Take a look at the site. The top of each page has links to Active Focus, Blur Horizon, The Four Pillars. These are really key premises when it comes to healthy eyesight. You need active focus, and you need a blur horizon. 40 years (42 now, actually) of doing only myopia rehabilitation and prevention, these two concepts define the core aspects of treating myopia. Read them!
Armed with that information, and what you learned here, you can start working out your ideal reduced close-up prescription, how to eliminate close-up strain, and how to start getting the stimulus your eyes need to improve (no eye exercises here, all actual positive habit changes). It’s all in the blog and forum, free and ready for you to put into action.
The only caveat there, is that it will take quite a bit of reading.
To that end, I also organized the whole approach into a step-by-step course. One day at a time, going through all these concepts, with simple home work, and a path to improved eyesight. This option also includes support directly from me (imagine that, me somehow finding the time for all the e-mails and forum questions).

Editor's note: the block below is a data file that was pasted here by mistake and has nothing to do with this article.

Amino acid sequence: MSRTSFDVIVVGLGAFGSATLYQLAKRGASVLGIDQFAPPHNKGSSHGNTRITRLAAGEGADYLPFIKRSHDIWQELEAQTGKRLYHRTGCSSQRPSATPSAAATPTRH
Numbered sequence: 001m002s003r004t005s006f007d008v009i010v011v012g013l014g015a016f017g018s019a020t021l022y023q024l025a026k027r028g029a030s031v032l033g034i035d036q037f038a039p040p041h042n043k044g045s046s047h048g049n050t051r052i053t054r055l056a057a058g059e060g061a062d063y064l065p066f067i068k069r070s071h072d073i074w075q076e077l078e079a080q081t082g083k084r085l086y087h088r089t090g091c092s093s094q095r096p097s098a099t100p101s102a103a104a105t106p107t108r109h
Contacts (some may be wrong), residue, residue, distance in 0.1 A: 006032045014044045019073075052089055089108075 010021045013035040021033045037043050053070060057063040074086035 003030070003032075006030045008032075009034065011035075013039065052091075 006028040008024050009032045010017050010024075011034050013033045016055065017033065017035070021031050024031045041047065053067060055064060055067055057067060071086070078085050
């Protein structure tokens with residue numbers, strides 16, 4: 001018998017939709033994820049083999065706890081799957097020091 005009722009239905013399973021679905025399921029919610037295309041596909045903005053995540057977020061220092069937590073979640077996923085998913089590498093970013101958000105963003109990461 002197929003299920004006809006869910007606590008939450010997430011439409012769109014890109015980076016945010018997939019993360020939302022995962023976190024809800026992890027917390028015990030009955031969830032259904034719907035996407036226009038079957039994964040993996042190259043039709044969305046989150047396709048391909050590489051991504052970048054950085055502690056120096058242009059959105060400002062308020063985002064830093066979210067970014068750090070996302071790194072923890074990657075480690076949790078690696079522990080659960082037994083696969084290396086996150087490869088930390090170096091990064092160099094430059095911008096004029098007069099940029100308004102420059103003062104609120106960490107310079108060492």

The small trade is that in exchange for saving you time (no digging through the whole blog and support forum), you might help support this project with a small donation. The money goes to the advertising of healthier eyesight and all the various ways this site and project has its ways of eating my wallet. I’m retired, and I don’t need the income, but I do need your help in spreading the word. It’s quite expensive to show up on Google ahead of all the scams and disinformation – and I can’t do that without you.
Still, everything is also all available free in the forum and blog. I’m not putting your eyesight health behind a pay wall. It’s just a question of whether you prefer to read a lot, or just get a step-by-step course, and might be willing to throw some coins in the tip jar in return.
Also of note, you can go on with the course, for up to half of the whole thing, for free.